Folk Tea in Flu Season
I made a batch and then thought, ooh, there are stories in this tea, and it's useful...
One of the tea ingredients, chaga, is a great wart of a medicinal fungus erupting from trunks of birch trees.
It's revered in Eastern Europe, a vitality/endurance/immunity superfood, good for regular humans and for extraordinary physicalities training for the Olympics.
It's also woody, and requires hatchet or saw, and grinding or pounding. So I contented myself with buying from herb supply. (A resourceful friend on the island found reachable chaga and is making chaga tincture!)
In the days of camel caravans, and sailing ships forging routes to the East Indies, the spice trade was hugely profitable, and fought over by raiders, pirates, armies and navies. Wealth and health sought, geopolitics imposed.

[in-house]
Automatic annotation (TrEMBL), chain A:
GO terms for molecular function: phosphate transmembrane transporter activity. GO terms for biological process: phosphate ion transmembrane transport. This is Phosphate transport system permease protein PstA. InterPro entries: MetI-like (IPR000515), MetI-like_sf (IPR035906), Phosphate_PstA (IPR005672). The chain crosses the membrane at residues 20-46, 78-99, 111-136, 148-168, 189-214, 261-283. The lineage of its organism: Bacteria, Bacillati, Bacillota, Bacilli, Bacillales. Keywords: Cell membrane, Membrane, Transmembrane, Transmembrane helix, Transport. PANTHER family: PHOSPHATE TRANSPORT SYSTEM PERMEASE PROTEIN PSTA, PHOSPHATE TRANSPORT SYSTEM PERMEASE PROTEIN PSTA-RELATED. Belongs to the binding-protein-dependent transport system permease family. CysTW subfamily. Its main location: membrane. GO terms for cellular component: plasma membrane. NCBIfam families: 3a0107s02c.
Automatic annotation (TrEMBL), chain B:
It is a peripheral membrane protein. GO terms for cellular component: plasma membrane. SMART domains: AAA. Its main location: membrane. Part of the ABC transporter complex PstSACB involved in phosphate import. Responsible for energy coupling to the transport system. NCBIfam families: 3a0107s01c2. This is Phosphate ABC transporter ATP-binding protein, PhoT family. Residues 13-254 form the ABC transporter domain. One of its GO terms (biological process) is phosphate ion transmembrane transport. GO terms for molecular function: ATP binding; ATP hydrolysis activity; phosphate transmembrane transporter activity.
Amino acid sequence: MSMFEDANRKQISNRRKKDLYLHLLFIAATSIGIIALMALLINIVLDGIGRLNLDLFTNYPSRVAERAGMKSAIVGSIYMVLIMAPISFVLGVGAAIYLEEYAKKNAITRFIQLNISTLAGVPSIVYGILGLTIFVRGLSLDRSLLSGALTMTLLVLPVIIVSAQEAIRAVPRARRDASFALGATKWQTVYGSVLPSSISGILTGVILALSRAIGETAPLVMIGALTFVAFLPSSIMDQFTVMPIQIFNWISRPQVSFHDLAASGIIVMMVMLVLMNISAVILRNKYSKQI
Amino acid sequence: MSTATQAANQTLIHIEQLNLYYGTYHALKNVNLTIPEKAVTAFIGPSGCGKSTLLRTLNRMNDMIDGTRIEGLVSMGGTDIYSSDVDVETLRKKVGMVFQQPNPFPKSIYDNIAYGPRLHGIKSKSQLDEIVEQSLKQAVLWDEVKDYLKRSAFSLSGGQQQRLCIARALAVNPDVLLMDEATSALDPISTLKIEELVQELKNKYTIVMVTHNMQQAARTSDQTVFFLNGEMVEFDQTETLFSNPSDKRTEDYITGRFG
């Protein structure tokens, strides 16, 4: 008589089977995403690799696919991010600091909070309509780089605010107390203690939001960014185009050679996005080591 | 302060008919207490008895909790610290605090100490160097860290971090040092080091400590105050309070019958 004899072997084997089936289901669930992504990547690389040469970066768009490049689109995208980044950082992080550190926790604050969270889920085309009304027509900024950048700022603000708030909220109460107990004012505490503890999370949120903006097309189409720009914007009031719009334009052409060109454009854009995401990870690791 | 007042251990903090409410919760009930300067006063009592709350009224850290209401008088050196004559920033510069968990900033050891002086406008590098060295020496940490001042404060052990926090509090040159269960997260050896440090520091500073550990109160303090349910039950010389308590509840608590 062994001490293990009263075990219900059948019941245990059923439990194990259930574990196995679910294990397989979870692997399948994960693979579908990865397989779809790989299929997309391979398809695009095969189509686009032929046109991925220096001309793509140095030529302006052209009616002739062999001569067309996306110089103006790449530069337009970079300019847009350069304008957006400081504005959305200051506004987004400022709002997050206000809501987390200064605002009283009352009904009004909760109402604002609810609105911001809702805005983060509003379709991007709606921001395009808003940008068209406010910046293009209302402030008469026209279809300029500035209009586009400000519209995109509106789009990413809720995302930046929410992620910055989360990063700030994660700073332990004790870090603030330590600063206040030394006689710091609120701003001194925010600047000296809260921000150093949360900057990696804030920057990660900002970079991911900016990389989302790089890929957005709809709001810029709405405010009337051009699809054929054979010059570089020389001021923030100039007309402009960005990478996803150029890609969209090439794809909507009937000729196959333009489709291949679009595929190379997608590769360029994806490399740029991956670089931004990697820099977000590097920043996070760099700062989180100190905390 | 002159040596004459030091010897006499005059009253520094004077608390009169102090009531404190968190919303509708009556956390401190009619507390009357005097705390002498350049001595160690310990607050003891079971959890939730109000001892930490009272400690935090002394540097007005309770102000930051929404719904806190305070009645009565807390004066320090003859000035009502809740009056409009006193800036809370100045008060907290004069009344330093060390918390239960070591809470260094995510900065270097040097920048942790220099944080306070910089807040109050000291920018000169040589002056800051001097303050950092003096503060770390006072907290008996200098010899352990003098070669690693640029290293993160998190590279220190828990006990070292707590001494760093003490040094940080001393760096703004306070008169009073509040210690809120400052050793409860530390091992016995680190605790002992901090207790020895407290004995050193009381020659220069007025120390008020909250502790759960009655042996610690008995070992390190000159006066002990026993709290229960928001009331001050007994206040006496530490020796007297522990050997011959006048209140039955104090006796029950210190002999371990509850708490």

(Columbus had thought to reach the Spice Islands of the Dutch East Indies, by sailing West. Instead he made landfall in the Caribbean.)
Spices of the exotic East preserved food in the days before refrigeration, and offered protection against pandemics and plague. Apothecary magic, the spices are anti-microbial.
Here's the purplish-wine-colored tea, powerful and delicious with or without a dollop of honey. A second simmer still yields lovely tea:
Bring 2 l. water to a boil; reduce heat to simmer; add dried:
Chaga, heaping Tbs
Elderberry, heaping Tbs
Ginger, chunks, not crystallized, Tbs
Cinnamon, pieces, heaping tsp
Cloves, whole, heaping tsp
Slow simmer, covered, till fragrant and deeply-colored; drink hot or cold. Also amazing mixed with fresh apple cider.